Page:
“Alexander Wang’s got a serious ride-or-die aura about him.” (A stylish psychic)
“They’re putting a lot of money behind this singer chick and I want to get in on some of that money!” (An opportunist in line for a free Slurpee)
“I don’t think you’re supposed to drink that thing through the glow stick…” (A concerned friend)
“This is the first solid thing I’ve eaten in days.” (A girl holding a sleeve of McDonald’s French fries and crying tears of joy)
“They only had my name on the list so I just left him outside.” (A practical dater)
“This reminds me a lot of Calvin Klein’s Coachella party.” (A VIP world traveler)
SATURDAY NIGHT: ECKHAUS LATTA AFTERPARTY
Mere minutes after 11 p.m., a line full of impeccably dressed people snaked down a block in Chelsea. For a crowd that was too cool for school (but looked young enough to go to school still) they were incredibly orderly, all trying to look into the Red Bull Studio’s windows to see who was already inside.
“This is my first New York Fashion Week,” says a lanky woman holding a very pink cocktail. She surveys the crowd, which is filing in quickly to the two-level party, with a confidence that doesn’t seem to fit with her story about being a NYFW virgin. “But this isn’t my first Fashion Week at all,” she continues, her faint French accent growing stronger as she sips. “My mother works in fashion in Paris, so I’m always at Paris Fashion Week, this is a different vibe though. NYFW is more, how should I say it, streety?”
She’s not wrong, especially when it comes to the alternative crowd that’s buzzing about the young bicoastal brand’s runway show in the sliver of a smoking area as a DJ mashes up funk, crunchy hip hop and ambient noises in front of a projector. High heels and party dresses were swapped out for a sleek track jackets, fly sneakers and “dad hats.” BADBADNOTGOOD runs down the stairs to retreat to the ultra-private studios behind the party, but not before grabbing a drink and checking the chill vibes out.
Just like the brand that the party was for, the Eckhaus Latta afterparty was more of a relaxed hangout for some of the most brilliant minds in the arts than a full-blown gala, but there were definitely still some party fouls. A loose partygoer—who seemed to expertly plan his slate grey ensemble to blend in perfectly with the couch—felt so comfortable that he actually nodded off, spilling his drink all over himself and the furniture. The ice woke him up and he ran faster than Usain Bolt to go clean up. No such luck for the couch though.
“Who’s that girl in the yellow pants, I feel like I should know her…” (A thirsty man.)
“If I carry one in my mouth, I won’t have to come back here for a few minutes.” (An efficient drinker haggling with the bartender)
“I wish I could just Superman my clothes off and on so I wouldn’t have to be in the bathroom forever.” (A woman wearing a very complicated jumpsuit)
“So I figure I don’t have to go to work for a few more days if I say I’m sick and don’t post photos of all the parties I’m going to.” (A girl who is definitely going to get caught playing hooky.)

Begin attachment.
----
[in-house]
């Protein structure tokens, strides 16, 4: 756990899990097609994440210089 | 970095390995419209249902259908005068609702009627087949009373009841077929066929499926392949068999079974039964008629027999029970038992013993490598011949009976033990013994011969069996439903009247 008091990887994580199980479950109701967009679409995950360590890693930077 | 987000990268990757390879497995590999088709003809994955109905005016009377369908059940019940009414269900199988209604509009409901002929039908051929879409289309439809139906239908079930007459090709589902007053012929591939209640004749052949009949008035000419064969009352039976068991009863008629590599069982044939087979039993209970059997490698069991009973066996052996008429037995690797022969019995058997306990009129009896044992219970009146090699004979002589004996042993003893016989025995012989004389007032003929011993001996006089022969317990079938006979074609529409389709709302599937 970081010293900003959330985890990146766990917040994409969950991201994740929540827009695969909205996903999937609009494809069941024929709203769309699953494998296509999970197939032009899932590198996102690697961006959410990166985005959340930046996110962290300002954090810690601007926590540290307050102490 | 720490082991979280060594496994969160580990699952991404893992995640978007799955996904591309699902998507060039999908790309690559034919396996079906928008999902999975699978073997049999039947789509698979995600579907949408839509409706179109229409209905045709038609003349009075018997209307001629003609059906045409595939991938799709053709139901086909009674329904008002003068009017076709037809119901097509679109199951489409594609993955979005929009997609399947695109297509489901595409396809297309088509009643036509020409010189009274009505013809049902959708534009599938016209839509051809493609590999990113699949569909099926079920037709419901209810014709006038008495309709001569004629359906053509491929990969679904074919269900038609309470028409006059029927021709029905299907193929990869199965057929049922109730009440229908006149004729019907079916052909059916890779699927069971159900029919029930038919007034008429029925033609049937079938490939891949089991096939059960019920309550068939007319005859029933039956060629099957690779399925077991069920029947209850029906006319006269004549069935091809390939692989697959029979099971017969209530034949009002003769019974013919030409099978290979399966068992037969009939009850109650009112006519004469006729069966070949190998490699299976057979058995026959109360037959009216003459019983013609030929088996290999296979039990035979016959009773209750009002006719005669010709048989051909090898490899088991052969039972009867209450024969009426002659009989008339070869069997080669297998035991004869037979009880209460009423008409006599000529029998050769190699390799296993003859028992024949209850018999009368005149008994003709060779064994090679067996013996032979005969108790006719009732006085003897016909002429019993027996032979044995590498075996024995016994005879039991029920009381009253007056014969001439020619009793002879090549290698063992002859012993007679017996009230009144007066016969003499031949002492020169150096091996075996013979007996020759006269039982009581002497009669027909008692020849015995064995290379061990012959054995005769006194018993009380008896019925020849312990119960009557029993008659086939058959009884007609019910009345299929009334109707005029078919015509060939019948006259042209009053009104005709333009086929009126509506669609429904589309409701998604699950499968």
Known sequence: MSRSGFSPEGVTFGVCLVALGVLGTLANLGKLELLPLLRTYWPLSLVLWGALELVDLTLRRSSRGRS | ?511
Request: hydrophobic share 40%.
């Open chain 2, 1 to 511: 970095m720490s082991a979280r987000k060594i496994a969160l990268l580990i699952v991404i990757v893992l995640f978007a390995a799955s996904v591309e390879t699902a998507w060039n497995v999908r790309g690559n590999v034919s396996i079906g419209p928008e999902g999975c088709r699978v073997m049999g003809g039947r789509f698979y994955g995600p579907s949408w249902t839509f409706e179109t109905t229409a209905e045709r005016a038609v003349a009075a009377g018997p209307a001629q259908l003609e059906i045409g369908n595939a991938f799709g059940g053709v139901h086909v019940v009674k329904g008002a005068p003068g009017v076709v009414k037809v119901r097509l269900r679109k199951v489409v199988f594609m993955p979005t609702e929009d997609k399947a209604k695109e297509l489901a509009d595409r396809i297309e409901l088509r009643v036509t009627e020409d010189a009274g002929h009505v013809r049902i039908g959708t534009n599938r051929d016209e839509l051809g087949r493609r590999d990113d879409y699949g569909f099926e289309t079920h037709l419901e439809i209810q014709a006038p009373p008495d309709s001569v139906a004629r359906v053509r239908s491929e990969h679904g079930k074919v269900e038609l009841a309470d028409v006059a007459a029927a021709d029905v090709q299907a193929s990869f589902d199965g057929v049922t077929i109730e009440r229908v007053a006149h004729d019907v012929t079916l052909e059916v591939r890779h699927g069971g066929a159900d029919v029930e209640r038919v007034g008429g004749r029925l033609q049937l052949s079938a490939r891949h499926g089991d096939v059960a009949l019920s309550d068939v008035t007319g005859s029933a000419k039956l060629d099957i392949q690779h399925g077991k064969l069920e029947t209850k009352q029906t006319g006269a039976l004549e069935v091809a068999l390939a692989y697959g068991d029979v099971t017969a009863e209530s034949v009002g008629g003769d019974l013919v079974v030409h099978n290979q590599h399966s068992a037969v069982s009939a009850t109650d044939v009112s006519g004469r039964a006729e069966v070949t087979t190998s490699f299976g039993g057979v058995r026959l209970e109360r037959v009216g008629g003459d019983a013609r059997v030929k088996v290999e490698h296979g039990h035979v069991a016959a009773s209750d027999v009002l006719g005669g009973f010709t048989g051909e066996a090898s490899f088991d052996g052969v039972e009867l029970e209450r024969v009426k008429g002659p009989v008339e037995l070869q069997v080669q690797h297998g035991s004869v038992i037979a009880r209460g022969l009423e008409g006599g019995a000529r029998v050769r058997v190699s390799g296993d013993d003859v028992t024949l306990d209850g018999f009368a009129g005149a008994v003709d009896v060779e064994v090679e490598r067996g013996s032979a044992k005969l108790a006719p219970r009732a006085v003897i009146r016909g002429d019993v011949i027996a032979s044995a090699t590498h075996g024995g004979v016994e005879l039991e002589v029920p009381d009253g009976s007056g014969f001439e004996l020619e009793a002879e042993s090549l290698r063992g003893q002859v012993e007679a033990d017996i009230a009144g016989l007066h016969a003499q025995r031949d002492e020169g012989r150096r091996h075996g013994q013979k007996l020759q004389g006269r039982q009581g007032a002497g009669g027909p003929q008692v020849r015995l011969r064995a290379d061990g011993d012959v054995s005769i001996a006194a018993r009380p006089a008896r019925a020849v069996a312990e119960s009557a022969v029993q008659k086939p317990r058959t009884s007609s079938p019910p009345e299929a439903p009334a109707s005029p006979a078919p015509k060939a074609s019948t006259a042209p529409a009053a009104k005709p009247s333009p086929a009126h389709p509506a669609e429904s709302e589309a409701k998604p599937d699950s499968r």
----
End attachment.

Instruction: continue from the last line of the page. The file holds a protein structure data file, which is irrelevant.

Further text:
“Do you think I can get my weed dealer in here?” (A dreamer)
SATURDAY AFTERNOON: 29 ROOMS BY REFINERY 29
The best way to ease into NYFW seems to be going to an event that’s not actually related to fashion. Sure there was a room by Michael Kors, which featured his newest line bags, but all in all Refinery 29’s second incarnation of their insanely popular #29Rooms, an art instillation/gallery that brings together the top artists, creators and brands to create 29 inherently unique experience, was really, first and foremost, about the public—the anti-NYFW if you will.
Gaggles of cooing girls run from room to room (“I’m going to have so many great snaps!”), lighting up the warehouse’s dark hallway with their phones as they pass. The number one accessory at 29 Rooms is your phone (hopefully with a lot of battery life left) and everyone knew how to handle themselves accordingly. Suddenly makeshift art directors are popping up everywhere with their suggestions for better lighting, faces and more takes. It feels like Blow Up, but, you know, without the raw, animalistic emotion of capturing moments on film. This is meticulously curated.
“All you have to do is put on those headphones, lie back and look up at the ceiling to fully enjoy this room,” says one friendly helper posted at the entrance of one of the experiences as gallery-goers hover towards her. Well, she wasn’t really at the entrance of the door as much as she was trying to linger by a nearby fan because it was hotter than hell in her supposedly relaxing oasis. And if 29 Rooms did have one stumbling block it would, one hundred percent, be the sweltering heat of the warehouse because no one likes a sweaty selfie. No one.
But the heat and the massive line that wrapped around the block twice didn’t put a damper on anyone’s Instagrammable plans, if anything, the heat forced the Fashion Week hopefuls and NYFW admirers to interact with each instillation more to find that perfect angle for their glistening faces. Well played, New York.
“Sometimes people can just be such heartless monsters.” (A truth teller)
“I know I said I like glitter, but really I only like confetti and, no, they aren’t the same thing.” (A determined craftsperson faced with a dilemma)
“Apparently I think the rules don’t apply to me.” (A scofflaw with a heart of gold)
“I thought there was another room over here, but it was just a line of port-a-potties.” (Exhibit explorer)
STAY TUNED FOR MORE